Eugene never wanted to go to the park before the boys died, but now he calls me up all the time and asks for a ride. The exercise he says he needs isn’t much. He’s got a cane with a little snowglobe on the end and he thinks it’s funny, either out-of-season funny or kitsch funny or both, to grind his way through the park with it.
The spot we park in is as far away from the deaths as I can get and still actually be considered near the park. I do this every time and keep hoping it means that we won’t make it to the old nasty part, but that never happens. There is no joy between the last thing and the next thing. I never get used to it, never stop thinking of things that aren’t ghosts but aren’t like me or Eugene, either.
I ask Eugene if he knows that I hate going here and he doesn’t mock me or ask me if I’m afraid, just tells me that I can go if I want, that he can call a cab. This isn’t a bad wife trick. He has no interest in where either one of us rank in importance to the other.
“I have the money and the time,” he says. “I can call a cab from Chicago if I want to.”
I stay. When we make it to the rocks where the boys died, there are four men playing cards next to the big lookout over the river. I want nothing to do with them, but Eugene gets in on the game, loses ten bucks and then fifty.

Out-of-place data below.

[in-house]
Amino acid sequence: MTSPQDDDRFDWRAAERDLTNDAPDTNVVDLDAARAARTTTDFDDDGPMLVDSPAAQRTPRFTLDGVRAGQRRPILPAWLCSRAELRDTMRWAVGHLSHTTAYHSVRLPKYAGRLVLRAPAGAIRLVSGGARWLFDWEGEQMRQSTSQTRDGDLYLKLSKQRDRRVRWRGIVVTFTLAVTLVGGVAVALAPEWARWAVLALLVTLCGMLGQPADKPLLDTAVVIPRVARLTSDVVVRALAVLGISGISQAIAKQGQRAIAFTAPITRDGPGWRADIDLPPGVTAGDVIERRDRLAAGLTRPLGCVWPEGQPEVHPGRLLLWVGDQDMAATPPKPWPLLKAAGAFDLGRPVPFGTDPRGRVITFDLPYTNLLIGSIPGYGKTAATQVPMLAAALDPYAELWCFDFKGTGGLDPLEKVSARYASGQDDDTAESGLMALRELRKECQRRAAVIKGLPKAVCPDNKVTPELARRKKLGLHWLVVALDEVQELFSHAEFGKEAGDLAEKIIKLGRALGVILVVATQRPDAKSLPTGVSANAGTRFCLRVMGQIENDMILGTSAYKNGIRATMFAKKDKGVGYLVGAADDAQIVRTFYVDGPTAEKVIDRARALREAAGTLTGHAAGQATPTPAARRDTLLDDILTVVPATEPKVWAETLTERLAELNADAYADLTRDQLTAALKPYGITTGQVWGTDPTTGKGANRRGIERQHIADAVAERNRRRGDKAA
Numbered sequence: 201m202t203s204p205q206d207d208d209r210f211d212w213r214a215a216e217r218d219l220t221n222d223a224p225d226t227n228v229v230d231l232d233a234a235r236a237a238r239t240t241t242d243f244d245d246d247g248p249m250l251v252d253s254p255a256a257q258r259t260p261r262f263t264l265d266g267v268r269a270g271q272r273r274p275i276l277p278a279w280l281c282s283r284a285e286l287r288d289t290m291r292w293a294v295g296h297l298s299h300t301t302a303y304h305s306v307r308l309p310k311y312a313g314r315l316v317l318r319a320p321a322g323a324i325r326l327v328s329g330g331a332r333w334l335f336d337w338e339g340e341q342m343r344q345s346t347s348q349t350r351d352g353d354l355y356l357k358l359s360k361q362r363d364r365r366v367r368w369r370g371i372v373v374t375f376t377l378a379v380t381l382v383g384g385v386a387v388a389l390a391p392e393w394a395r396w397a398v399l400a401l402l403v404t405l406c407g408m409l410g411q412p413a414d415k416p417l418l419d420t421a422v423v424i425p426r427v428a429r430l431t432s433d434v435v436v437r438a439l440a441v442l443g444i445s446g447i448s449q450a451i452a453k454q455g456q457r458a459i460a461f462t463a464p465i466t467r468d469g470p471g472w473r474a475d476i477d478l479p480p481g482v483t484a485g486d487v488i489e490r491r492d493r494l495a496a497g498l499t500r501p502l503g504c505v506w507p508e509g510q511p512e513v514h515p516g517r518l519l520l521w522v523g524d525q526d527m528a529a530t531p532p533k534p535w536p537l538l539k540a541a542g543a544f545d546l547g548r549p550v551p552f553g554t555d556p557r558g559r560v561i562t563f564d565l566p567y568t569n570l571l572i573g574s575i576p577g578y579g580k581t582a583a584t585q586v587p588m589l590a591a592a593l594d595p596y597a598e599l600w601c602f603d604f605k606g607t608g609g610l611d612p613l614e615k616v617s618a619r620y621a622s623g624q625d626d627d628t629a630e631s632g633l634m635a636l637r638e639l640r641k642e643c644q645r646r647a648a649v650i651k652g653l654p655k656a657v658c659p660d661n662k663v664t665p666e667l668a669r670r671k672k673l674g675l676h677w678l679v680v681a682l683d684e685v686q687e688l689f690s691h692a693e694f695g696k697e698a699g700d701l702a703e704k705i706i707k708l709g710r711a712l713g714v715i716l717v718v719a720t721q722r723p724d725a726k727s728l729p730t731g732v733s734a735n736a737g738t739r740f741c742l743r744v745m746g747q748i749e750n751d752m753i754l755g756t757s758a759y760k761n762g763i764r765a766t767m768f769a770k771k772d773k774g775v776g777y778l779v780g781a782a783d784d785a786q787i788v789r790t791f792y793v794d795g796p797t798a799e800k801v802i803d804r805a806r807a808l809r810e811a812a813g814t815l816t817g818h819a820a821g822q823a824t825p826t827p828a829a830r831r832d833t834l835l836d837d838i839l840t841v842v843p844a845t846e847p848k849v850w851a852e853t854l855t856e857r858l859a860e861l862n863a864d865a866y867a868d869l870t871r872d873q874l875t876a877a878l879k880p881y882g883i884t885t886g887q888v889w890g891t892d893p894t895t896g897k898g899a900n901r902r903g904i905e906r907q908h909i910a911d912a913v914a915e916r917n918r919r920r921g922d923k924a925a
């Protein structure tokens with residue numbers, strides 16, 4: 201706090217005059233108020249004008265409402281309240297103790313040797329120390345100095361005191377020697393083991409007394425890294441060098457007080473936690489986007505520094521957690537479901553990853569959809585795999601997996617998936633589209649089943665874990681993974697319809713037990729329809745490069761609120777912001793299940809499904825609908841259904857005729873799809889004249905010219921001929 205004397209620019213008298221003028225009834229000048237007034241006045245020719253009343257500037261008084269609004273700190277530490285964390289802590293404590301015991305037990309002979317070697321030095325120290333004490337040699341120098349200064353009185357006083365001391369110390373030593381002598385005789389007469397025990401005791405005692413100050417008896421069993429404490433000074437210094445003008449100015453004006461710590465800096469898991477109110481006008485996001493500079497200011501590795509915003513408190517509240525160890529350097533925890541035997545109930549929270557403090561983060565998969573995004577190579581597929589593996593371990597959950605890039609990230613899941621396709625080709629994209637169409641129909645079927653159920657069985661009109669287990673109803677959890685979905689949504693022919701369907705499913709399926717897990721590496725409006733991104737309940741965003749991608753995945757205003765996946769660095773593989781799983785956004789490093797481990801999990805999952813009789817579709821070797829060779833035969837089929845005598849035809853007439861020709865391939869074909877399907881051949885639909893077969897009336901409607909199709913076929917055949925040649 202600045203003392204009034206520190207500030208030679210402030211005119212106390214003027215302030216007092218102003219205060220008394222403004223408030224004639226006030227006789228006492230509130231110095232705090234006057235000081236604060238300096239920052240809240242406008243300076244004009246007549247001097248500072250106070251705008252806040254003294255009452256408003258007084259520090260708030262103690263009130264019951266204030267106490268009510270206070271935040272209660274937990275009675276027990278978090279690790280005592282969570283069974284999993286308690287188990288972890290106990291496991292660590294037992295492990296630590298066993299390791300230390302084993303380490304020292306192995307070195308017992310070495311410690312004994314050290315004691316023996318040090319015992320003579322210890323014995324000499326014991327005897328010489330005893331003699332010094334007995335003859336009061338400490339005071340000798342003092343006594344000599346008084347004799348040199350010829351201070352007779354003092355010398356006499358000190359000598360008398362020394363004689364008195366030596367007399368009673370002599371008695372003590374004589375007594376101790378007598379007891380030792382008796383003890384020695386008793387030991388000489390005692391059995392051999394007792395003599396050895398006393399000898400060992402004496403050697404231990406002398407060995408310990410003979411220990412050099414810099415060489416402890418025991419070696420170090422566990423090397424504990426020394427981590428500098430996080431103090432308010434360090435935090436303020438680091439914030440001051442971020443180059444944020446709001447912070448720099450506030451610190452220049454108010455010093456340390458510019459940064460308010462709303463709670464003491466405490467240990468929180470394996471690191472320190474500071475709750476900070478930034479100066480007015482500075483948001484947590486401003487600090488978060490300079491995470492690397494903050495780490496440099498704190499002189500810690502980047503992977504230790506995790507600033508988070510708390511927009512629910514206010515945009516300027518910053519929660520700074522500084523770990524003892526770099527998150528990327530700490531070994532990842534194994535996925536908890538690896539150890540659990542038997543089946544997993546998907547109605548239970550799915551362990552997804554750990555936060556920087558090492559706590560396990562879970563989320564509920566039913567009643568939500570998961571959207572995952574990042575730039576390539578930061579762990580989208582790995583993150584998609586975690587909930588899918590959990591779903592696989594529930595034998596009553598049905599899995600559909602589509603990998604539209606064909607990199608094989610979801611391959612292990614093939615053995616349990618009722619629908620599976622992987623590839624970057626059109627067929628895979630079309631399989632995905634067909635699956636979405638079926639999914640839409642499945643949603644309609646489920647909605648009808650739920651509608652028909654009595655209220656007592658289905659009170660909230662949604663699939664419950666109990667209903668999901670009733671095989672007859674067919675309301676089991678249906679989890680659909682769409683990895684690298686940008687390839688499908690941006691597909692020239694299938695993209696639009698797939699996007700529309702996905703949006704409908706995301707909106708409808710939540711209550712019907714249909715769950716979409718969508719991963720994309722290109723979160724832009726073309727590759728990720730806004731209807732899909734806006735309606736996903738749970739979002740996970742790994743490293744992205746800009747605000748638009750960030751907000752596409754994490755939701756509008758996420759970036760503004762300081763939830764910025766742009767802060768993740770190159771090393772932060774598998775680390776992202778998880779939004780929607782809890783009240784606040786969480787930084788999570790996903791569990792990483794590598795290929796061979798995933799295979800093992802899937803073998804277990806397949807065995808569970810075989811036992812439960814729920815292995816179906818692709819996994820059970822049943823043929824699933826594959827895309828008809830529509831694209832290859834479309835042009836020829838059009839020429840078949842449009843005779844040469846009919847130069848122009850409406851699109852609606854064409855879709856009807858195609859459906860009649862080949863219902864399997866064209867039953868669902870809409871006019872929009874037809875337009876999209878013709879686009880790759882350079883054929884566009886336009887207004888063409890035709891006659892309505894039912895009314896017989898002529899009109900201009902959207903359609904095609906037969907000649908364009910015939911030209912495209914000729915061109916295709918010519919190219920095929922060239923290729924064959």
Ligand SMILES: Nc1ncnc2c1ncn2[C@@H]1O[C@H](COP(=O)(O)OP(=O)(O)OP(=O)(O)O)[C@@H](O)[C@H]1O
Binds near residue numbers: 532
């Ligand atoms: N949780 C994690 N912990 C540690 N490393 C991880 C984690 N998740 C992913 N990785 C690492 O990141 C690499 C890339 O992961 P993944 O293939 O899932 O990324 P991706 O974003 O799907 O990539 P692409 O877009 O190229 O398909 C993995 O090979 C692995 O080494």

I have about seventy dollars on me and then I have it in my hand, ready to give — loan, he says, and means it and has the funds, so why not? — to Eugene. He sets the cane down in front of the men and says, “This is worth $200. You can part it out and melt it down and get at least a third of that. Let it count for thirty bucks. He’s got $70 more for an even hundred.”
This goes through. We bet our frightened money on the idea of too late and win.
The men stand up and shove Eugene to the ground. I help him up and they run with what they hadn’t really lost, see I’m not following and slow to a walk.
One of them throws Eugene’s cane up into a tree. It takes me a minute, lots of hiking up my pants and retying my boots, but I make it up there and get it down. I hand it to Eugene who takes it and arcs it back like a crescent moon, brings the snowglobe-end down on the rocks. There’s no explosion of glass and glitter, just a crack like a heavy click and the sound of whatever water isn’t the river beyond us, Todd from Ohio back for the view.